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Streaming music renders the MP3 archive obsolete

Wednesday, October 6th, 2010 by Servage

I remember the days where MP3 started to kick in. It started with long CD-ripping sessions, copying own CDs onto the harddrive. Thankfully online databases made it unneccessary to type in any details for the music, since it was automatically fetched from the Internet. Growing my music archive I shared CDs with friends and downloaded from the net (from emerging online music stores of course…). However, when the fascination with the new world of digital music began to shrink, and music was more a commodity that was used, rather than an experience of growing the archive, it began to be hard to keep up with new tracks. It became a hazzle to keep up and maintain an up-to-date archive. My own music collection has long passed the time where it features the current hits, but is now merely a snapshot of the music up to a certain point where I simply stopped caring or didn’t have the time to add new music. Thereby the entertainment value of the archive also dimished, and soon I found myself listening to regular radio stations again. It annoyed me, that I couldn’t keep up, but there was just so many other things to do, rather than collecting music. Right until the point where streaming services began to emerge. Today such services have made me use music on demand again, like I always wanted to do. Trying Spotify and Grooveshark as the best services in my opinion, I have now found a solution that actually suits my wishes. There might be other services out there, and some may not be servicable in your country or region due to licensing issues, but nevertheless, for thoose that can use them, I found it to be the answer to my silent prayers for a sustainable music experience. The old archive is slowly being deleted, just keeping some of the favorite music on the harddrive, but mostly not even using them, because they can just as easily be listened to via the streaming services. If you haven’t tried it yet, you should. It really makes it easy for you to listen to your favorite music, and you get rid of the time and storage space consumed for an own archive. This should buy you some time to work more on the things you really want to spend your time on, like for example your web projects. I wish you nice rhytmic coding!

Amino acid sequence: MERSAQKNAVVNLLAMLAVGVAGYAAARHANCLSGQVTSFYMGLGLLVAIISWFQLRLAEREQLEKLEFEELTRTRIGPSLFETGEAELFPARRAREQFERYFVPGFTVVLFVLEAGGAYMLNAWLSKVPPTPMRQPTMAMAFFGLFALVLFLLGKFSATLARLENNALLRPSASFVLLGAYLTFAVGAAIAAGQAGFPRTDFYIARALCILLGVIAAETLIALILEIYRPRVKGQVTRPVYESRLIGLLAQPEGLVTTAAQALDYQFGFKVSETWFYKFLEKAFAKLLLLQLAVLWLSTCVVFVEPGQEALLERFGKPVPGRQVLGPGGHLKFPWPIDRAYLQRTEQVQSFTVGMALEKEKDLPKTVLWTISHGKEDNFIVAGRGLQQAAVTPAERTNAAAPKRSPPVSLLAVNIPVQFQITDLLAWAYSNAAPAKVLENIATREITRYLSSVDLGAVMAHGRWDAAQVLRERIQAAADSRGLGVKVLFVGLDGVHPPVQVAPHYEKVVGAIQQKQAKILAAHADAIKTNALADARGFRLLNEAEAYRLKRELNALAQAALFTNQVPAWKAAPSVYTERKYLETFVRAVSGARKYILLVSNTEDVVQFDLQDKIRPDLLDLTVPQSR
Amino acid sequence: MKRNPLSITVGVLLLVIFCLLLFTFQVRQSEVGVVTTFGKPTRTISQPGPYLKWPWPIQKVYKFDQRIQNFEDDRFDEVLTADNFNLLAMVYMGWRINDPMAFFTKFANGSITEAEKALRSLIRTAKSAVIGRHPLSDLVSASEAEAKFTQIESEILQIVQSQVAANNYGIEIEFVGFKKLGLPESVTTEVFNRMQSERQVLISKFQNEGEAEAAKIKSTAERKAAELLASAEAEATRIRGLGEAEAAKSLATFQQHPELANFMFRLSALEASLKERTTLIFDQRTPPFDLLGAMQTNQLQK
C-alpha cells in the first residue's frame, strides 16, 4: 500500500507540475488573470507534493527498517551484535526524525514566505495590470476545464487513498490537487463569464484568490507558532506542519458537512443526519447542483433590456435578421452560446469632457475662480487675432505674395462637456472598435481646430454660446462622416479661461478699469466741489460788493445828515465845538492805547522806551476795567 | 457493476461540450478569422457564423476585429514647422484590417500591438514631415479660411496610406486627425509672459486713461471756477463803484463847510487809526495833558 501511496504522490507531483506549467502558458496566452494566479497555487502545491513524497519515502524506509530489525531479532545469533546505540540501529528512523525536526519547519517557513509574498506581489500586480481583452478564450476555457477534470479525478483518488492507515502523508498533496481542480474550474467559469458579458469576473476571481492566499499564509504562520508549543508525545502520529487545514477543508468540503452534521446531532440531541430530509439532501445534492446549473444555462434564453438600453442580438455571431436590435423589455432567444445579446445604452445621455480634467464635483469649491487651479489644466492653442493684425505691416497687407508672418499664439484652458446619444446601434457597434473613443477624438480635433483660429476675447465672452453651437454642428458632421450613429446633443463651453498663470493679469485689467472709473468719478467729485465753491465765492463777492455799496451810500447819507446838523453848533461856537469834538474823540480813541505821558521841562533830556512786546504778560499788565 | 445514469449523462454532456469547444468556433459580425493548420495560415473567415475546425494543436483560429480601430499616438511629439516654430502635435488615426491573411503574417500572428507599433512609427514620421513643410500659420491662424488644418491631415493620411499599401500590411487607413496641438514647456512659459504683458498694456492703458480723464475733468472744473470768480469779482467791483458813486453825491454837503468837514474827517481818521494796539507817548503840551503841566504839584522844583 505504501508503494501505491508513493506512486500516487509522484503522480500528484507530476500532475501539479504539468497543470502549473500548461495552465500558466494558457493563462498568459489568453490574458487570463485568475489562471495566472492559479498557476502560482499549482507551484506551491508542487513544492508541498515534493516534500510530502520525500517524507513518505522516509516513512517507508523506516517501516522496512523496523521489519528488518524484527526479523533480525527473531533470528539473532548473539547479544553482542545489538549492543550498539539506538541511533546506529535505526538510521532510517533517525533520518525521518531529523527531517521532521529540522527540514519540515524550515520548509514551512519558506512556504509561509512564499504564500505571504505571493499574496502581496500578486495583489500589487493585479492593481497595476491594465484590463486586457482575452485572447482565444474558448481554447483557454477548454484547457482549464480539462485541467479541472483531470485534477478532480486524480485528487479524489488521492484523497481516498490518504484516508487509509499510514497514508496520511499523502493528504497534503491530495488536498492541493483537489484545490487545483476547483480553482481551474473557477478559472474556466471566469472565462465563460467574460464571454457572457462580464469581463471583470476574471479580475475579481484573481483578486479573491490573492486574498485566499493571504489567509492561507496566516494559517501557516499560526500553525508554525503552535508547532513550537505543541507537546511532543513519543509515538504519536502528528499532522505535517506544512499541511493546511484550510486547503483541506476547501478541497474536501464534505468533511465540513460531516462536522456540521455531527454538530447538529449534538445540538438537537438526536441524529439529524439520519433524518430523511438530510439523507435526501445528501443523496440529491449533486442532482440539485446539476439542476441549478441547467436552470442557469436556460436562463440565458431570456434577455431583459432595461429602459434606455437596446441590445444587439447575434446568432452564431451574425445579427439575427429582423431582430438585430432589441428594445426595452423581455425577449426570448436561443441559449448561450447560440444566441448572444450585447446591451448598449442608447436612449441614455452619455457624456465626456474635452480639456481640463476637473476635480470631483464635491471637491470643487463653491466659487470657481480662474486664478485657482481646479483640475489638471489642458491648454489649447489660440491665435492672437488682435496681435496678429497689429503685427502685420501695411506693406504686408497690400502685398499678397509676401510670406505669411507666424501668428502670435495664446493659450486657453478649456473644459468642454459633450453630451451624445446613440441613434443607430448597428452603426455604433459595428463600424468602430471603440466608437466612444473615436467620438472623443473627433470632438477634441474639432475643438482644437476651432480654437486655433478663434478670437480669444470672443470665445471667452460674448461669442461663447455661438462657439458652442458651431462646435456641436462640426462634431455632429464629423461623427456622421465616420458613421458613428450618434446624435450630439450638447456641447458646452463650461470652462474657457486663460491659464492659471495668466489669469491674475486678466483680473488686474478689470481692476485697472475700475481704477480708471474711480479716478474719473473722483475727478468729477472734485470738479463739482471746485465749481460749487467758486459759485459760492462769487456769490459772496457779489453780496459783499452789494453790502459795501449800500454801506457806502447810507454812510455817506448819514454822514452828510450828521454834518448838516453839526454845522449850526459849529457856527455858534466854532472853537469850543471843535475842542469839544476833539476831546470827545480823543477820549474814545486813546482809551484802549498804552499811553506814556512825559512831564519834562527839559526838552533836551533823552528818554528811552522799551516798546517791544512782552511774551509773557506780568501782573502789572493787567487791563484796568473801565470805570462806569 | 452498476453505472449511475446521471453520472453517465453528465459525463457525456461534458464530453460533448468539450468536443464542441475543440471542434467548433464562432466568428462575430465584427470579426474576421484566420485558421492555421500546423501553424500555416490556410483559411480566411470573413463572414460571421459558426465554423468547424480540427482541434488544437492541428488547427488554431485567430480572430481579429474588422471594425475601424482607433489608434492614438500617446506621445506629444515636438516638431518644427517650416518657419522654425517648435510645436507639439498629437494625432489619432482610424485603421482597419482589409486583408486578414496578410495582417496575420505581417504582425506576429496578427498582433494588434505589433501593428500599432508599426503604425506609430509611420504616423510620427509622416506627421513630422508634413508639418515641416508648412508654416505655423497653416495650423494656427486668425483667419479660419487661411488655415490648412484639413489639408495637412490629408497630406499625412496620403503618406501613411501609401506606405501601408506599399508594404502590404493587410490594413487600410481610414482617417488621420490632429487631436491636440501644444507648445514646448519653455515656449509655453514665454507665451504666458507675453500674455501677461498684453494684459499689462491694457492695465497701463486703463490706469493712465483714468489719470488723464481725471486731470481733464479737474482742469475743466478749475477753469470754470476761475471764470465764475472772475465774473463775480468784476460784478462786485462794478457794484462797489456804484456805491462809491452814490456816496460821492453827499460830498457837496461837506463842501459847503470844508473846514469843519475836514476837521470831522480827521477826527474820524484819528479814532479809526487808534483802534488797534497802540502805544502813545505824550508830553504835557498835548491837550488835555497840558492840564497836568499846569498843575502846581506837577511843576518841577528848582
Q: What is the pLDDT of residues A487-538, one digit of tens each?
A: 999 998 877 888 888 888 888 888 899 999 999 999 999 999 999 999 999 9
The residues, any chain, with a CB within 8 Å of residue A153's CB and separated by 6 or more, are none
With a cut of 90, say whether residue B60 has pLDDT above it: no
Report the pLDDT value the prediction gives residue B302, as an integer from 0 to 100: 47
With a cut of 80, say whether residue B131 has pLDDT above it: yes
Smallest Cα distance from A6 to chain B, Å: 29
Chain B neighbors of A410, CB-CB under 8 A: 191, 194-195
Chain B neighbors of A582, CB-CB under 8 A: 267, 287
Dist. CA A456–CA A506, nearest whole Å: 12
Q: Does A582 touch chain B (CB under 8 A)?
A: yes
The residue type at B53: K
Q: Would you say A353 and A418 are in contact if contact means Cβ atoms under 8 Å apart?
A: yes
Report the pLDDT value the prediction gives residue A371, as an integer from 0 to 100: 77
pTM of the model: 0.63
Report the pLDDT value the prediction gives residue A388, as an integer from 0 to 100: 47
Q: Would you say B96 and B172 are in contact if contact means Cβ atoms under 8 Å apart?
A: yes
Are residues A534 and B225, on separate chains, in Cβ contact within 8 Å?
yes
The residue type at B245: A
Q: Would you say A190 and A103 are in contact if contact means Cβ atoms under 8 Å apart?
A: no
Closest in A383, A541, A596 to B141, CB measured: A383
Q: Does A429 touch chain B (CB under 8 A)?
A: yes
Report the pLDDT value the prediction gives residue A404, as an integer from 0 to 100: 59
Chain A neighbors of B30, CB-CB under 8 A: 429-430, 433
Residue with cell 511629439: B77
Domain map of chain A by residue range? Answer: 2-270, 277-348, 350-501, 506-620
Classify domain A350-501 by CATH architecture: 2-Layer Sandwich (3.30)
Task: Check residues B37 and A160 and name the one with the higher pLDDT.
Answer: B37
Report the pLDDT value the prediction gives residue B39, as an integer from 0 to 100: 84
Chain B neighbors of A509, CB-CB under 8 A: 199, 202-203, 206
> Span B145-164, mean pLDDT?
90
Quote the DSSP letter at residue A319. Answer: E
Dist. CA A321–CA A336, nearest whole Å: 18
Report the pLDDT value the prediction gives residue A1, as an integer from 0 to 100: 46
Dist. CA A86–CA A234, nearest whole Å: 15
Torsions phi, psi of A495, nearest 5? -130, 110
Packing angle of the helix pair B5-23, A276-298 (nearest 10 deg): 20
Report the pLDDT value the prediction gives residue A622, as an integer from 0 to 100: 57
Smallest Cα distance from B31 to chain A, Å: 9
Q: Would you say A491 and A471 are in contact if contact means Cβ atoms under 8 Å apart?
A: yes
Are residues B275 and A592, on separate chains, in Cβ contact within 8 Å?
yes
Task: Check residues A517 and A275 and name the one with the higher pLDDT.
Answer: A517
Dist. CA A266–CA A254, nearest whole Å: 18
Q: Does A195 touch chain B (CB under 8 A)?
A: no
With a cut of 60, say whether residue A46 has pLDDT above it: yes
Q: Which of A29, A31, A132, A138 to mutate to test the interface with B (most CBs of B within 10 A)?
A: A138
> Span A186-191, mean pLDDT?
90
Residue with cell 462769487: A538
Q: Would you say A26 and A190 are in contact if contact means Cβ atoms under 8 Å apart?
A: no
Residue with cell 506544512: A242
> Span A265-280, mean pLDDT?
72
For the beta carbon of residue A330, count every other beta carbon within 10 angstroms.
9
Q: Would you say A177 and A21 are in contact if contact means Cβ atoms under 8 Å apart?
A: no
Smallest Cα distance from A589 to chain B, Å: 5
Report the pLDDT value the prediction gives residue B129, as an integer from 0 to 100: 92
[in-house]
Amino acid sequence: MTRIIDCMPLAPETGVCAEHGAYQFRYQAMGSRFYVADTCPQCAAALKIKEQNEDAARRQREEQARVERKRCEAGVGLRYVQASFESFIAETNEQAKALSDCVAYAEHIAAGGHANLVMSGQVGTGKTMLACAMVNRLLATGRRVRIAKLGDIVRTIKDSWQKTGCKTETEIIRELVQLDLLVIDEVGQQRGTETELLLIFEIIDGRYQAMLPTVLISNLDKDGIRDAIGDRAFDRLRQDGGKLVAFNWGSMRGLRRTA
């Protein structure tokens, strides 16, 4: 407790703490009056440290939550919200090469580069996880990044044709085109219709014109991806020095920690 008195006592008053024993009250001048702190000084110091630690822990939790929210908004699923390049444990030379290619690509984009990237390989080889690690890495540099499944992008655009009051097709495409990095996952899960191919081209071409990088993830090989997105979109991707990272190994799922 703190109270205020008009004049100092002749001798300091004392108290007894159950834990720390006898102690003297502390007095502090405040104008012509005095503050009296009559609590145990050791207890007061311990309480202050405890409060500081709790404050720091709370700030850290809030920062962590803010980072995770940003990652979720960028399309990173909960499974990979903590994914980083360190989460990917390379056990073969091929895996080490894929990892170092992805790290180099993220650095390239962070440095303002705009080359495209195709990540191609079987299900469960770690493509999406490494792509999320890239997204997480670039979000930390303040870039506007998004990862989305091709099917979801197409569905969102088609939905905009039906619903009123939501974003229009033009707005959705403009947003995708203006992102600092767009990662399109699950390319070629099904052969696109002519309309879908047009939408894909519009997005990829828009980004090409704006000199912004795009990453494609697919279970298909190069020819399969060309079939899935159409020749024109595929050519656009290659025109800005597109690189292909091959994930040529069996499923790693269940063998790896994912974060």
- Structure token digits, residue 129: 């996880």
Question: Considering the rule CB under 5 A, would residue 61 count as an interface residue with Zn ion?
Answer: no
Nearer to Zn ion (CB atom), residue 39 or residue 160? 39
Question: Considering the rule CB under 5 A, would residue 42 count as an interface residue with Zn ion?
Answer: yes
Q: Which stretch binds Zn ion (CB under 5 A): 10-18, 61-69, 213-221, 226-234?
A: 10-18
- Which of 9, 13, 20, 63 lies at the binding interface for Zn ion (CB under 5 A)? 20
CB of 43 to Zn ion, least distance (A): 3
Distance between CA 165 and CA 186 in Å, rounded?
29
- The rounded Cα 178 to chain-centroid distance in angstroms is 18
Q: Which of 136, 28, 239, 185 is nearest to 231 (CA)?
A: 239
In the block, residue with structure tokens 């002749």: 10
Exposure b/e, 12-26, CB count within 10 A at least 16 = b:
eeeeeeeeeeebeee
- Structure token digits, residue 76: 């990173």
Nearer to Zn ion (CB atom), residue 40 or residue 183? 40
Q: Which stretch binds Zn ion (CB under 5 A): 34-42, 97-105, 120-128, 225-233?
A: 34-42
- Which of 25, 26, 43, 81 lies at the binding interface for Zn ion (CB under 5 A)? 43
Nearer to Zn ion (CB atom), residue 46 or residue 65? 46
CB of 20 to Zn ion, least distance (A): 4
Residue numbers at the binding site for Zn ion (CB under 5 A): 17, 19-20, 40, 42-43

Streaming music renders the MP3 archive obsolete, 3.9 out of 5 based on 9 ratings
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5 comments (leave a comment)

I don’t agree.

I love having my mp3 files around so that I can edit them, make my own compilations and most importantly SHARE WITH FRIENDS. Also bitrates on those websites are atrociously low. Spotify is at OGG 160kbps and Grooveshark is 128kbps mp3 stream. It sucks if you care about quality.

The stupidisation of the internet has begun, and apple is accelerating it. So is news like this.

MP3 is not dying, it is thriving

Well everything is up to personal opinion, and I do not think that regular music-listeners like myself can actually hear the difference between 128, 160 or higher bitrates. Maybe because our ears are not as fine, our speaker system not as good, or maybe because we simply just listen to music for entertainment – not for perfection. I agree with you, that there are some issues with the streaming providers, that will not fulfill everyones’ needs. However, most users will be perfectly happy with streaming services. Even without becoming more stupid ;-)

Thanks, useful. i dont like an own archive as well, and the quality from streams is fine for me.

I disagree from the author of this article. This might be fine if you are based always at the office, or always work from home and have all this access. If you travel as much as I do and most people do to varying degrees, then MP3 are the way to go.

I`m sure WIFI access will come to the trains, busses and other transport vehicles.
But if you are stuck on a plane for 12 hours, then some MP3 on a mp3 device is the way to go

Thank you for your feedback. Please be aware that some services, like Spotify, allow offline usage of their content. So you can in fact use their service with your mobile device while for example on vacation without Internet access.

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